Deadline Poets — The Visual Journalist

YET ANOTHER bad week in an already grim decade for legacy journalism.

A couple of days ago, the Chicago Sun-Times laid-off its entire photo staff. The next day this news was followed by the sound of the other shoe dropping: Freelanced work. But too — and much more chilling — was word that staff reporters would be “trained” to shoot their assignments using — yes — their iPhones. It made my stomach ache.

Quickly, I sent messages to a couple of close friends who are truly gifted, fearless photo-journalists; both of whom have helped me out in the darkest thickets of a story that was either too abstract or too obtuse for me to figure out what might best visually convey the heart of the story I was collecting string on — the story I was telling.

In the trenches with you, the best of them are already in your head. Then they up the ante, teaching you something that you didn’t know, even though  it was right in front of you.

ciudad 017

As writers, we deal with a spin of moving targets when we go in to report a story. We’re getting a sense of the layers: the story as it’s assigned; the story as it evolves through the interview. There is also a subject’s willingness (or unwillingness) to reveal, the shadings that come with each source’s perception or understanding of what happened — in other words, the truth as close as we can get to it. That’s not counting going back and sorting through all of it: fact-checking and then putting those facts, quotes, asides together into a narrative that answers a reader’s questions and keeps them moving through the piece. And now add to that, you want me to figure out how to elegantly articulate all of that in visuals?

This is why I count on the photographer — to convey or enhance the part of the piece that words can’t, to interpret the part of the story (or layer of a person) that they may not have revealed.

I was reminded of this a few months back when I was on an assignment. This was a straight-forward piece. A profile. I knew that the publication wasn’t going to assign a photographer and that we were going to have to ask for “hand-out” art — free images that publicists or the subjects themselves provide. (Something a mere five years ago, at this publication, would never have been acceptable or tolerated.)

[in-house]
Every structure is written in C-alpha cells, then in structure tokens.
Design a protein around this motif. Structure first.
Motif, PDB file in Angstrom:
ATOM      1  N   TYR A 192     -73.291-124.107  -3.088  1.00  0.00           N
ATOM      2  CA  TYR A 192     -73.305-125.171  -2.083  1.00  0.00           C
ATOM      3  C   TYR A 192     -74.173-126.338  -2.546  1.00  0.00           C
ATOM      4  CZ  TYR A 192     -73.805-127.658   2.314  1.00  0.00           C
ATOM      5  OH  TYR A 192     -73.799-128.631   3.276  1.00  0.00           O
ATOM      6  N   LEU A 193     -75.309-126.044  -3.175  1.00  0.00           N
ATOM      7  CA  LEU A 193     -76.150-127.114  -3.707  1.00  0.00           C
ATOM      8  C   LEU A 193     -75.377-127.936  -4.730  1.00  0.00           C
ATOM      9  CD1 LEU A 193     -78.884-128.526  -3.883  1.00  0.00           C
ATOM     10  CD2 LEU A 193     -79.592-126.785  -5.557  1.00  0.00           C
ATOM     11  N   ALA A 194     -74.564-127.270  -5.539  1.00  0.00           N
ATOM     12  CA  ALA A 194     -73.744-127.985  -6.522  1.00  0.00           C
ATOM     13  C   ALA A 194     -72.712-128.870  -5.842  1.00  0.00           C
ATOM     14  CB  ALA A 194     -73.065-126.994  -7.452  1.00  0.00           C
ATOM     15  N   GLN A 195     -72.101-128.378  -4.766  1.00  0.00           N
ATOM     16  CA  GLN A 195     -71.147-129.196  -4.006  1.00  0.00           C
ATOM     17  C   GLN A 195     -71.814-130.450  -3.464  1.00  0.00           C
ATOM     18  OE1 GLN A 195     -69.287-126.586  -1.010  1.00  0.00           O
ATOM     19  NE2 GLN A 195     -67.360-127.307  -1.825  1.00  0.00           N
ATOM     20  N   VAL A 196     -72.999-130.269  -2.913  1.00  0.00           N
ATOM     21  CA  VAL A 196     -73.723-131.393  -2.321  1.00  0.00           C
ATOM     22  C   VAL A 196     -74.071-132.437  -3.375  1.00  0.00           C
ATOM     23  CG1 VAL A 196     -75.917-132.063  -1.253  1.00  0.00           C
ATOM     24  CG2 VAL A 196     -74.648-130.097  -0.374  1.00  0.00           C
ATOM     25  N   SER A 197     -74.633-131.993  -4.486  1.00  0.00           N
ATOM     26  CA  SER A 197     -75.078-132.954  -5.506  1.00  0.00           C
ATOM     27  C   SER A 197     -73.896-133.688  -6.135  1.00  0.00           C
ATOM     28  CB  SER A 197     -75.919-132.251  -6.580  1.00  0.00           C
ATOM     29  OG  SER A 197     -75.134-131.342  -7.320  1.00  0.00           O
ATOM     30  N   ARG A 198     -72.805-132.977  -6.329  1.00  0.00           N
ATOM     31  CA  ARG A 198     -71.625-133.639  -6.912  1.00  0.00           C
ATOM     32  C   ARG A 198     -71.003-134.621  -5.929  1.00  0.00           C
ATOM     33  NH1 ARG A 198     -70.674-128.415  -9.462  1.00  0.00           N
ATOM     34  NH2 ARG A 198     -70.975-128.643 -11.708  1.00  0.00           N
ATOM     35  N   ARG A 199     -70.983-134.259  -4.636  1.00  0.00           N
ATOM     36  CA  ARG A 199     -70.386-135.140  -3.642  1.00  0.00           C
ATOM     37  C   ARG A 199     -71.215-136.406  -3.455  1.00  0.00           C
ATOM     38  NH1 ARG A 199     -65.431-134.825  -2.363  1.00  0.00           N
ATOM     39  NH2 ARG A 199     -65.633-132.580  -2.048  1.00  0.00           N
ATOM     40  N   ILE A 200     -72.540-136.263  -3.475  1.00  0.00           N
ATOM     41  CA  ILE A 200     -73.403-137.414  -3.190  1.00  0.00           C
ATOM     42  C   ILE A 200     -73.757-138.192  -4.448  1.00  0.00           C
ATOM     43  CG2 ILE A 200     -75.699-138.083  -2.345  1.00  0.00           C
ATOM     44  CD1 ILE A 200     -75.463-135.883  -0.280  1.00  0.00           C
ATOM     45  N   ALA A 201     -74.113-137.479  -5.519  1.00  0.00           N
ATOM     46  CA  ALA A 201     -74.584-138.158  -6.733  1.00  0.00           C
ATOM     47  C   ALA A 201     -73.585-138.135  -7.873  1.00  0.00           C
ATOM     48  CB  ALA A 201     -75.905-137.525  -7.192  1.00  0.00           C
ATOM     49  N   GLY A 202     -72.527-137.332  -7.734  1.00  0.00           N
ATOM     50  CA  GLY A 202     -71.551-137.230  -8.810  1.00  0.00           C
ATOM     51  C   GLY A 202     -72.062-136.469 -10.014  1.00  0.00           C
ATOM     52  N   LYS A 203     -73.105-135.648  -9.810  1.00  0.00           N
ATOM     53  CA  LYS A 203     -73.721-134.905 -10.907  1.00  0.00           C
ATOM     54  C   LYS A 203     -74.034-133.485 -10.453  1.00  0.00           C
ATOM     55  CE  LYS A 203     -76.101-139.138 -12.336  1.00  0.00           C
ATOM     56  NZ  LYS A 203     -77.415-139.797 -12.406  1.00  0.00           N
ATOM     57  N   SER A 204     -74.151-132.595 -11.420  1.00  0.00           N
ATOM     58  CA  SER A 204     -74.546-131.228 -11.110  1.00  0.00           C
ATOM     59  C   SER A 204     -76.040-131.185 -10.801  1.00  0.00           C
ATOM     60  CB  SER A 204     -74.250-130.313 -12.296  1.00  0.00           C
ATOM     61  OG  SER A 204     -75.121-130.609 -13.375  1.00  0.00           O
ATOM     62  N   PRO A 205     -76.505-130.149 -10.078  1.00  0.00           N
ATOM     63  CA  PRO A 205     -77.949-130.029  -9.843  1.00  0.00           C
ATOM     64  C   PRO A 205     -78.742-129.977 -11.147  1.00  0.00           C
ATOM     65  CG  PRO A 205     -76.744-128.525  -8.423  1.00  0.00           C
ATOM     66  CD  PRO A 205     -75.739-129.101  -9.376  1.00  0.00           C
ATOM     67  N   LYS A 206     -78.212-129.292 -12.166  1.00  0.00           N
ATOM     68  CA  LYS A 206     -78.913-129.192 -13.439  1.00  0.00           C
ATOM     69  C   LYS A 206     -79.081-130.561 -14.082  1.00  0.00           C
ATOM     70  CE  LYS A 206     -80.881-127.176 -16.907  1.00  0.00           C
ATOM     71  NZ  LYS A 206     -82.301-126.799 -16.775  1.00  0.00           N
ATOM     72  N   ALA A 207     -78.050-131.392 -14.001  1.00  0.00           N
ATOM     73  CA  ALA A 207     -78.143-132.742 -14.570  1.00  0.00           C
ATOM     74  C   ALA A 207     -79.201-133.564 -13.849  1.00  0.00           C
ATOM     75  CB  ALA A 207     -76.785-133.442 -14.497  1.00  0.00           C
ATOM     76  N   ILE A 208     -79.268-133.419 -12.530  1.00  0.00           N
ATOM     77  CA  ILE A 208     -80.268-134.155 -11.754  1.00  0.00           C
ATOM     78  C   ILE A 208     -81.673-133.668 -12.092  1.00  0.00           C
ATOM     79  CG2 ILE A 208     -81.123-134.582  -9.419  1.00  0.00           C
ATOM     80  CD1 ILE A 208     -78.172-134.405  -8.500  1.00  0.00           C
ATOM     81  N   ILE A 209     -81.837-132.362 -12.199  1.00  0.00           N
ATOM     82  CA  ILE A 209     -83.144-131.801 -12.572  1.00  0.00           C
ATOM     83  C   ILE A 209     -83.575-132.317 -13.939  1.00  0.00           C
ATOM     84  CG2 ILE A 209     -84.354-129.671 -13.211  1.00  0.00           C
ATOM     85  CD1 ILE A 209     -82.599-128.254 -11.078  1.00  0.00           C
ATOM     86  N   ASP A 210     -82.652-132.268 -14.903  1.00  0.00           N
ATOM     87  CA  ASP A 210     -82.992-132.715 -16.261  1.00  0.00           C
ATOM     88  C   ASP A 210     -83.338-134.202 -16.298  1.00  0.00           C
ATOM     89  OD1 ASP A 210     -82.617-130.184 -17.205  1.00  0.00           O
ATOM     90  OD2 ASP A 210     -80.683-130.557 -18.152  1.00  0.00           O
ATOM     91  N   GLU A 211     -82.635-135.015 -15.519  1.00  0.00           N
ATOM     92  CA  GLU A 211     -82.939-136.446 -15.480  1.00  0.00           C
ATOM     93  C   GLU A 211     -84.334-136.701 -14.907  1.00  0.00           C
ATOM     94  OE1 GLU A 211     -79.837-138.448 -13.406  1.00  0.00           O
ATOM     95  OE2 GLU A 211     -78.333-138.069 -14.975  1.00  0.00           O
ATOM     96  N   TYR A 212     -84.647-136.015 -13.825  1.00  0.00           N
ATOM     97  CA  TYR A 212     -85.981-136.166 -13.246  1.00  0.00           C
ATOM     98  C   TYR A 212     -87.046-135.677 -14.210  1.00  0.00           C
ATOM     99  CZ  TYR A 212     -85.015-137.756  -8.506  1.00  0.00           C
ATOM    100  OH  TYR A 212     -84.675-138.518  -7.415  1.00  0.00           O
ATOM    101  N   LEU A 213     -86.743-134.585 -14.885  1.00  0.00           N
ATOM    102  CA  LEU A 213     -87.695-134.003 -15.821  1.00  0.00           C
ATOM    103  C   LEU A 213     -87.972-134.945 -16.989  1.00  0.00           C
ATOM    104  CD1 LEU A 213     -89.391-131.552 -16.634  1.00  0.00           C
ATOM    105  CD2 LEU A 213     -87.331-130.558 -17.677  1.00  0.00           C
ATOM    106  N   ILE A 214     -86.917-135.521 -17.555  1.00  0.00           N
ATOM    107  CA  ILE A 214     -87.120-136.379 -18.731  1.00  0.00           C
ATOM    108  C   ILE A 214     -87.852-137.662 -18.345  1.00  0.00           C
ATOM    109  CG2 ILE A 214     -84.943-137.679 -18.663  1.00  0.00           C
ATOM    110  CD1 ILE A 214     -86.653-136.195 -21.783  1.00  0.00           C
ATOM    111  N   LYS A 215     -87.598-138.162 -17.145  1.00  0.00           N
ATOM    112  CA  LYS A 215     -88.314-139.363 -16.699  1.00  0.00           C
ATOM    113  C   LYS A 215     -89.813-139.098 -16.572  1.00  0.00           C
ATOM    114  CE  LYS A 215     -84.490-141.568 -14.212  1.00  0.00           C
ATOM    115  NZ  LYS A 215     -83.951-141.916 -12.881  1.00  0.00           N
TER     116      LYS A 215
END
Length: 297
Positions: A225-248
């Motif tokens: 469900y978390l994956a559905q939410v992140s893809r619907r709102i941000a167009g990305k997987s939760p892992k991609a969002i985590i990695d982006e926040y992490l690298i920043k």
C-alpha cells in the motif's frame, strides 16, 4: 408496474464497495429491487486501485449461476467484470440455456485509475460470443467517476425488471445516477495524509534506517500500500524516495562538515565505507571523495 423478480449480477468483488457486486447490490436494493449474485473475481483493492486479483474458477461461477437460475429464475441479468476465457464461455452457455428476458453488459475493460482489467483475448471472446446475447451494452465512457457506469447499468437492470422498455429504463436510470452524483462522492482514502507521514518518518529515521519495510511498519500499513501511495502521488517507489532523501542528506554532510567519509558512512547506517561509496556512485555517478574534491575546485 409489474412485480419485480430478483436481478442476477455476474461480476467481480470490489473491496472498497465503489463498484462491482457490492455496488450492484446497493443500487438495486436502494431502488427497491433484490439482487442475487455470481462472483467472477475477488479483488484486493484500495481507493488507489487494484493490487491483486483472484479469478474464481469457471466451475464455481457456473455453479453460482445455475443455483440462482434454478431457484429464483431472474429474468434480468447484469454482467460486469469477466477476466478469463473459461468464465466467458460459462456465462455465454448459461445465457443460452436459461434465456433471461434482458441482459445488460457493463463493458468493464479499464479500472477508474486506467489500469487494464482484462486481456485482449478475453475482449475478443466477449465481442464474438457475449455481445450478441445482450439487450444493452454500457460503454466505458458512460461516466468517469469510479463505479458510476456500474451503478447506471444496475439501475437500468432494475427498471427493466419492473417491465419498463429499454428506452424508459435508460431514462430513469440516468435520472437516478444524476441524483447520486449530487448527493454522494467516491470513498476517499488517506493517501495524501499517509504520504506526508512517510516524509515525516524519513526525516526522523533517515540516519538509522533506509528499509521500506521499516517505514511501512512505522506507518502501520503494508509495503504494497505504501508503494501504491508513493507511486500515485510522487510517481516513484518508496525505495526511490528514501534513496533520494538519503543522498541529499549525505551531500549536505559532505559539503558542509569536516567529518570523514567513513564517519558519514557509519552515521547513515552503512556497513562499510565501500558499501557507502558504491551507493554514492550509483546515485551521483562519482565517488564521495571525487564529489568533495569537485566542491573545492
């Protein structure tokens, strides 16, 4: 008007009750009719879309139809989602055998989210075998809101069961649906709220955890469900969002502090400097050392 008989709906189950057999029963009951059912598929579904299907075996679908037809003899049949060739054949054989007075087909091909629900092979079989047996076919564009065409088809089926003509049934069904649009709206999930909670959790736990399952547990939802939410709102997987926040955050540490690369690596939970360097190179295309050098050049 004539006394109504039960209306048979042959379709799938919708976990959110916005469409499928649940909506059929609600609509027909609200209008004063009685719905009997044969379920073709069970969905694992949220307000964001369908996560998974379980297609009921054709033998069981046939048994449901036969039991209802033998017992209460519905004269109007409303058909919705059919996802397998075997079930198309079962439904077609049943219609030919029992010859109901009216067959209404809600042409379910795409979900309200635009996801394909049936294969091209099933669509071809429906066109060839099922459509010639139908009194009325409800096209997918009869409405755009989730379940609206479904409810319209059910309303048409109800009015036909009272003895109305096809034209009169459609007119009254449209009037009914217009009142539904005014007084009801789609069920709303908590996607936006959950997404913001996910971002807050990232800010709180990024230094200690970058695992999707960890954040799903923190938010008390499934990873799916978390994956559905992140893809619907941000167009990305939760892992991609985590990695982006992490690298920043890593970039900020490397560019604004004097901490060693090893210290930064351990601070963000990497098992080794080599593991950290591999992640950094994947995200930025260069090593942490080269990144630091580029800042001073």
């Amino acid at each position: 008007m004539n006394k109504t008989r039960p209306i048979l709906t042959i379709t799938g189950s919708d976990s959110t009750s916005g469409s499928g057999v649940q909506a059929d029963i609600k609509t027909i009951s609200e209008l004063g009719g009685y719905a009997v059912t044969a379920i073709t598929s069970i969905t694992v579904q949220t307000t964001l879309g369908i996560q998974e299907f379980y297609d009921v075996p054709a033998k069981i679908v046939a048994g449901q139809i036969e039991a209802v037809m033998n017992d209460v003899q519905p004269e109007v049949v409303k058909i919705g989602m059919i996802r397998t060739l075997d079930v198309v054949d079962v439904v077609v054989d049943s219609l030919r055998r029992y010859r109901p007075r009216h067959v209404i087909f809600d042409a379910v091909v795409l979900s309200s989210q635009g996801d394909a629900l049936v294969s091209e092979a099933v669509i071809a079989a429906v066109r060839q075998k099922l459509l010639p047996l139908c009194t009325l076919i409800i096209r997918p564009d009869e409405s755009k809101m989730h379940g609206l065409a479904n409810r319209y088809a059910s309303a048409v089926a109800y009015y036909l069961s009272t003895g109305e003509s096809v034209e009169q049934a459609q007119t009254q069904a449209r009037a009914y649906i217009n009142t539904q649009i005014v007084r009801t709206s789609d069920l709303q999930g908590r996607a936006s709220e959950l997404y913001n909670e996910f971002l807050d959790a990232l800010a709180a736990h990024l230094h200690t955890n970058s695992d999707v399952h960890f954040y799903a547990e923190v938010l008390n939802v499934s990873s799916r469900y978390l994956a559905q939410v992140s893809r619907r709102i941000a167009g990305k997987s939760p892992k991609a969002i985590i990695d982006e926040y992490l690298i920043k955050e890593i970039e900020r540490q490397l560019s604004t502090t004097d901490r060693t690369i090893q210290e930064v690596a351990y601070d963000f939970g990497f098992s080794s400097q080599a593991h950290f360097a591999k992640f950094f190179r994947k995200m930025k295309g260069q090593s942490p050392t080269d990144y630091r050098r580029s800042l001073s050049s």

But as the interview bloomed, found its momentum, a great moment jumped out. I saw it instantly as an image: the light, the composition, the relaxed expression and form finally at ease — the room and its context also held history and another layer of the story.  Of course, I had my camera, tucked into my reporting bag. I travel with it always now.  But I didn’t want to interrupt the flow of conversation, I’d worked to hard to get it moving. We’d hit a nice comfortable stride — so good that the interview was extended to a tour and then a part-two where I later would procure information that no other reported had. I hadn’t interrupted the flow which allowed the interview to run its natural course.

Yesterday, I was conducting an interview in the northern reaches of the San Gabriel Valley for a piece, and the person I was interviewing brought up the Sun-Times photographers’ firing. (Everyone of late seems to want to take the temperature of journalism’s corpse — wondering what’s left of it — just what it is I might do.) It led to a discussion of logistics and juggling and appropriateness. I told him my story about being on the fence about pulling out the camera — but ultimately the payoff was better for the story. “Trust your instincts,” he said. “I’d have done it at the end or not at all.” And I explained that by the end that expression, the light, the “thing” I’d seen was gone — that moment had passed — what I would have captured afterward would have been just a stand-in for that moment.

This is why I have always valued another set of eyes — the expert who would have been in place to see that moment too while I was busy pulling out history and anecdotes and color. That photographer would be telling a story in tandem, getting at the very thing I’m always trying to get at in words and oftentimes, I have to say, not within the luxury of un-scrolling column inches,  but truly in a fraction of a second.


5 thoughts on “Deadline Poets — The Visual Journalist

  1. this notion that photography has been democratized, that a hipstamtic-processed photo is good enough for the front page of the NYT, the sense that recording an event haphazardly is the same thing as reportage or documentation, these are the merely symptoms of a larger problem: that newspapers surrendered their roles as standard-bearers for that we used to know as journalism. in a world that has come to expect faster-cheaper stimulation the patience and care of journalism has become too expensive a commodity for consumers, and too focused on a bottom line to generate quality.

    but here’s the thing, if the internet and digital photography had been around in 1936 LIFE wouldn’t have been a magazine, it would have been a tumblr blog. that being the case, where is all this ultimately headed?

    • You make good points. And, from the inside, watching it all occur — and being a part of it — it was a classic scenario of — uh oh, this shift is really happening — so now we have to play catch up. So much was altered/jettisoned/re-imagined — and what we as journalists were asked to do kept shifting and changing — so in a lot of ways it was a lot more complicated than simply “surrendering” a role — it was less thought out than that (and that alone is telling) — and too much to get into in this little square — but I will be forever affected by how quickly “tradition” can be rethought/rewritten. There/Gone in an instant.

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